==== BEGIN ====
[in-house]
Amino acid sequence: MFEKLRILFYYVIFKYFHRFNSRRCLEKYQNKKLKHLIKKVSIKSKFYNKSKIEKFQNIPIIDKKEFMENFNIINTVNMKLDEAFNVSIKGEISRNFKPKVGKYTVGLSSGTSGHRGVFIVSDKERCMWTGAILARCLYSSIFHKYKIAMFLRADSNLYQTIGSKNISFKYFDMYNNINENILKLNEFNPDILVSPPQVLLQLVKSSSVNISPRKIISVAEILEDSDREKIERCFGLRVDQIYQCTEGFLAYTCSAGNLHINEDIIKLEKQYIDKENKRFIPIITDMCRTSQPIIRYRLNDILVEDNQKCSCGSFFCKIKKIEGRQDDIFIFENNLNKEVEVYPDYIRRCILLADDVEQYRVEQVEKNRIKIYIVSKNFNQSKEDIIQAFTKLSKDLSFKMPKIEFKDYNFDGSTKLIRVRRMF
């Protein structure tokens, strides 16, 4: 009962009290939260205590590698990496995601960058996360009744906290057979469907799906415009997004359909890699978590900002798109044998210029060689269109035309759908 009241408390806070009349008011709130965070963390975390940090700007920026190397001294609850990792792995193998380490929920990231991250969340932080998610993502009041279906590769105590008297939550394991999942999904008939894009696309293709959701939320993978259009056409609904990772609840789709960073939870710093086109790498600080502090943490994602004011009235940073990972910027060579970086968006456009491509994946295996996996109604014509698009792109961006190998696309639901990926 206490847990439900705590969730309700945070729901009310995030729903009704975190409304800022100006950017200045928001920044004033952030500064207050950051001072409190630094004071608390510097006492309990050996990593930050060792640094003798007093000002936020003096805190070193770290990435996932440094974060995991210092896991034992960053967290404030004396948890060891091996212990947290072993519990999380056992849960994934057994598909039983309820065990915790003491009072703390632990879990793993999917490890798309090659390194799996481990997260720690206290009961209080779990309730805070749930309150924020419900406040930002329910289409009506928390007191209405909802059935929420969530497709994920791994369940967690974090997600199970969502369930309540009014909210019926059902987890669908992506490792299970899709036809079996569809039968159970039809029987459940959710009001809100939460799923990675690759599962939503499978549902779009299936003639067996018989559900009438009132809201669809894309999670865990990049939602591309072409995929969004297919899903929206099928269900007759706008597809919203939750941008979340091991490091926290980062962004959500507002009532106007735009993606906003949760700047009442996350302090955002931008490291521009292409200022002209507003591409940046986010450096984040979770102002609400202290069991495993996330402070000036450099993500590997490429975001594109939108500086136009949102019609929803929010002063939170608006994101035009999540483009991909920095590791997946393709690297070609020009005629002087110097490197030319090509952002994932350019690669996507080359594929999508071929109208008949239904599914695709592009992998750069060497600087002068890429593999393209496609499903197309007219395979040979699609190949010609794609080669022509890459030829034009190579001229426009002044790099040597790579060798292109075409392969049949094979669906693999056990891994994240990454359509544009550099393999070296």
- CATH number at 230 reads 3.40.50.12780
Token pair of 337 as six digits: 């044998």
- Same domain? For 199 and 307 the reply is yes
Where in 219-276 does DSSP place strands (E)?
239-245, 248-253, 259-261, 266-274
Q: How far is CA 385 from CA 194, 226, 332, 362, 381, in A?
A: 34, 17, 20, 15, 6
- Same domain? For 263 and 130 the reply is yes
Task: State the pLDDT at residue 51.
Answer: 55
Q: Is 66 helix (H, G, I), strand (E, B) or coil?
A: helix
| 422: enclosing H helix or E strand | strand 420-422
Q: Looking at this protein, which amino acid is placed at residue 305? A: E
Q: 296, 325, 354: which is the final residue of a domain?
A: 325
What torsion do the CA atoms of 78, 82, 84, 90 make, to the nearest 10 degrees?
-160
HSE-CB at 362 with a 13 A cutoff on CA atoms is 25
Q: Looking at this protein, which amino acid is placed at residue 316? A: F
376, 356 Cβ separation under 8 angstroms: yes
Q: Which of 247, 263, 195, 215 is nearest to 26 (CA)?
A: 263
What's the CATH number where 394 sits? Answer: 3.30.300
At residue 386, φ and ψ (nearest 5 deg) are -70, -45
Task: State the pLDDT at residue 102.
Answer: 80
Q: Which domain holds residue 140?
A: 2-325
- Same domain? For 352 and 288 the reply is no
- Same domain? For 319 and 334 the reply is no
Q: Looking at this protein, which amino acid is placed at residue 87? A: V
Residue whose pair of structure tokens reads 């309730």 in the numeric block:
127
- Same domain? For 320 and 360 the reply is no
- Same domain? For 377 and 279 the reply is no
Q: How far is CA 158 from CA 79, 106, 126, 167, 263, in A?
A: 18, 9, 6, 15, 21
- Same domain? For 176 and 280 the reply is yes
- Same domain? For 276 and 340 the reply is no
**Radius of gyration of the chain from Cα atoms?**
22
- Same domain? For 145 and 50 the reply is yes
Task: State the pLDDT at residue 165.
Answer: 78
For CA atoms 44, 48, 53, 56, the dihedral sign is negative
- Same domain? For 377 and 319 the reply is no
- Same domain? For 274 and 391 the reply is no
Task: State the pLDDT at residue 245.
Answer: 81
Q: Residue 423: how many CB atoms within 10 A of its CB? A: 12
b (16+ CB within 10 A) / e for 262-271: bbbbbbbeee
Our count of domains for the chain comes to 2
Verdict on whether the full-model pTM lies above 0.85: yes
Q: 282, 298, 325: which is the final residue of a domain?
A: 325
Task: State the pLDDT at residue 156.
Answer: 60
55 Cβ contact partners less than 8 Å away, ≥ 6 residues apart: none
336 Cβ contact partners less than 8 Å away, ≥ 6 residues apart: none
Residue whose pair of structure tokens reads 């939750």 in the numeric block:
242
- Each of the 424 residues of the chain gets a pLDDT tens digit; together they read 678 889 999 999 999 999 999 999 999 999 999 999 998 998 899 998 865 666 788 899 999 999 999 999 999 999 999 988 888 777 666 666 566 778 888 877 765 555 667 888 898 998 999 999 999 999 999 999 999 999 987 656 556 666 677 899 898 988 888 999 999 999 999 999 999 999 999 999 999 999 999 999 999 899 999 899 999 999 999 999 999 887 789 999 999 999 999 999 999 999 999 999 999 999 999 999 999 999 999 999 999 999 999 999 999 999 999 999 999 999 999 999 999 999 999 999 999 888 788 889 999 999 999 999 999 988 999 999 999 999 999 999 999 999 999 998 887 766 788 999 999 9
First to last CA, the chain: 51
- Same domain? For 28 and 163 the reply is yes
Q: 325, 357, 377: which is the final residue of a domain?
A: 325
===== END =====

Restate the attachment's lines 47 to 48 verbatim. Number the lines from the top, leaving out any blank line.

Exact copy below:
Task: State the pLDDT at residue 165.
Answer: 78